Survey Finds 36 Percent of Oil and Gas Execs to Lower Headcount in 2015
(via Staffing Industry Analysts)
According to a survey conducted by Pearson Partners International, the oil and gas industry
may experience some headcount reductions in 2015. The survey found that 36 percent of oil and gas executives expect to lower headcount, 22 percent expect to grow headcount, and 42 percent expect headcount to stay the same in 2015. Survey participants cited three main challenges that they expect to experience in the near future, including the retirement of key personnel, the shortage of technical talent, and the lack of leadership talent. Lower gas prices will create a challenge for the industry in 2015 as well. Regardless, most survey respondents indicated an optimistic five-year outlook for the industry.
Do You Know Who Is On Your Procurement Team?
(via Procurement Leaders)
According to the 2015 Trend Report
, a research report created by Procurement Leaders, succession planning is a challenge for today’s chief procurement officers (CPOs). They stress the importance of examining the ratio of different age generations within today’s organization to determine the outlook of procurement staff. For example, research has found that approximately 33 percent of the current workforce in the United Kingdom consists of Baby Boomers, which means that in the next two to three years, CPOs will see much of their senior leadership retire. In addition, statistics also say that millennials will comprise approximately 75 percent of the entire global workforce, reflecting significantly different motivations and ambitions than other generations. Procurement Leaders urge CPOs to understand the different generations represented on their teams, as well as the expectations and idiosyncrasies that exist among each generation. This is key to understanding how they will best perform and advance in the workplace.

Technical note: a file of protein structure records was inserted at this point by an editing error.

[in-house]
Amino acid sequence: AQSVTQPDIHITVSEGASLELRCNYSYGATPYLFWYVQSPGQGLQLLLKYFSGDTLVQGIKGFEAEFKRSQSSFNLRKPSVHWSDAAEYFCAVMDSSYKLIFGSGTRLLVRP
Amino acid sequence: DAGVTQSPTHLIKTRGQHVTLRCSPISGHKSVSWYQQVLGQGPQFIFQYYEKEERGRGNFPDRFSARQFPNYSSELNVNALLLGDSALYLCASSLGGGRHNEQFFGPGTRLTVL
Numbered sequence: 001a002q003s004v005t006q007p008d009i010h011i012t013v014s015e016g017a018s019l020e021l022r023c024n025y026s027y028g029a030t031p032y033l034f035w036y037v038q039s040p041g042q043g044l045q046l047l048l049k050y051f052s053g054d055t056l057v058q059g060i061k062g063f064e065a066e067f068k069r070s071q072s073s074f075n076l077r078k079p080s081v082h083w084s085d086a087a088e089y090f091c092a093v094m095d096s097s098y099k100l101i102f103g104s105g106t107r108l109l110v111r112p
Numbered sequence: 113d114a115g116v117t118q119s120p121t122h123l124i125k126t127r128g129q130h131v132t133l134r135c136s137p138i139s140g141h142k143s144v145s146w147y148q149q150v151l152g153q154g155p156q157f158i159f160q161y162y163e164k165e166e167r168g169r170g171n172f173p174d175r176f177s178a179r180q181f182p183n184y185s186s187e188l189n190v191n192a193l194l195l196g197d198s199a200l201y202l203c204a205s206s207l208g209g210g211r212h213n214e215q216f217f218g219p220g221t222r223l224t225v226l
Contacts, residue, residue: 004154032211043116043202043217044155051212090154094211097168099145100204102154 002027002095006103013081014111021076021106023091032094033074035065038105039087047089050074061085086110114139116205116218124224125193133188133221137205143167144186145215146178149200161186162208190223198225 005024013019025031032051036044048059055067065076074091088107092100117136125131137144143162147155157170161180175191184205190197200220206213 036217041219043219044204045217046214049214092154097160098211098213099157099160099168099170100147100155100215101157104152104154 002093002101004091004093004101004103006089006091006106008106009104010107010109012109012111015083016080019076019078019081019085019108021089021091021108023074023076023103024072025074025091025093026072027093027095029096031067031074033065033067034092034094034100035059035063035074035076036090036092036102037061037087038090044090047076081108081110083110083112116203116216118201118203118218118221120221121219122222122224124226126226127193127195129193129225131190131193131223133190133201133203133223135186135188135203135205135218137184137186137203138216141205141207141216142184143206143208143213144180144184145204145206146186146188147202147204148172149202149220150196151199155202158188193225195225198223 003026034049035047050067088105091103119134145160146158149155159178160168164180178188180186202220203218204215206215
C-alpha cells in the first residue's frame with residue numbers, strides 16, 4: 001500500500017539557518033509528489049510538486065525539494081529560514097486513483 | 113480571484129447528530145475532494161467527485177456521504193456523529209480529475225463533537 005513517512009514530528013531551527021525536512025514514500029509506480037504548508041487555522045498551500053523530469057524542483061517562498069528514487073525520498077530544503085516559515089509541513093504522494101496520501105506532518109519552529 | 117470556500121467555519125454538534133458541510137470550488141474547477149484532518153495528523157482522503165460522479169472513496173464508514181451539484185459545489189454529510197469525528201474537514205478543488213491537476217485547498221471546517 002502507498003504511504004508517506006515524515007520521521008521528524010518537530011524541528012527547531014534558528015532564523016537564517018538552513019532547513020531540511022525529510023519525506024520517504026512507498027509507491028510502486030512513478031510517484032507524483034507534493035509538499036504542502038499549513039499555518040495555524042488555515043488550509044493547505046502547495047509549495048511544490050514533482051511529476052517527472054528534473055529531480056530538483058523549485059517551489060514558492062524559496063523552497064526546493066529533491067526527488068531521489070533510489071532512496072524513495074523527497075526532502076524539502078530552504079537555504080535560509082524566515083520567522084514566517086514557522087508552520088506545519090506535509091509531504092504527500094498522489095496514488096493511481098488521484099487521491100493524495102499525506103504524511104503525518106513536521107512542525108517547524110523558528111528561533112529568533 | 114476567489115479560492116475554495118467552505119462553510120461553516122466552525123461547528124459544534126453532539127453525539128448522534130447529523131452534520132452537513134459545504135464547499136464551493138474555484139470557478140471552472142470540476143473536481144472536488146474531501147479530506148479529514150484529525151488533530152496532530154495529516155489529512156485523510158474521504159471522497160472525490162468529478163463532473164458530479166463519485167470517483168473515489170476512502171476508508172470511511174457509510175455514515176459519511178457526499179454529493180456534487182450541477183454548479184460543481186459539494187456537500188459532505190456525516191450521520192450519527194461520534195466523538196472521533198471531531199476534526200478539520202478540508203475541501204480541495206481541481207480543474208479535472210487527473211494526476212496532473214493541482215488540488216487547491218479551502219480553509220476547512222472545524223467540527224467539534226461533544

The CFO’s View of Contingent Workforce Management
(via CPO Rising)
When we think of the people responsible for operations, processes, and capabilities involved in the world of contingent workforce management (CWM), we often think of the burden falling on the shoulders of procurement or human resources (HR). In this article, CPO Rising challenges us to consider how the CFO and finance functions fit into the picture. First, visibility is the key to understanding the ramifications of contract talent, and as the CFO is the leader of visibility enhancement efforts, it is important to involve the CFO in CWM intelligence. Second, the link between cash and talent requires a CFO’s involvement. Most non-traditional talent requires a certain skill set, which aligns with milestones, delivery dates, and other projects that affect greater enterprise cash flow. Finally, CFOs play a valuable role in planning and budgeting for the future, as they can estimate future utilization of talent, the funds needed for labor, and well as forecasted financial ramifications.
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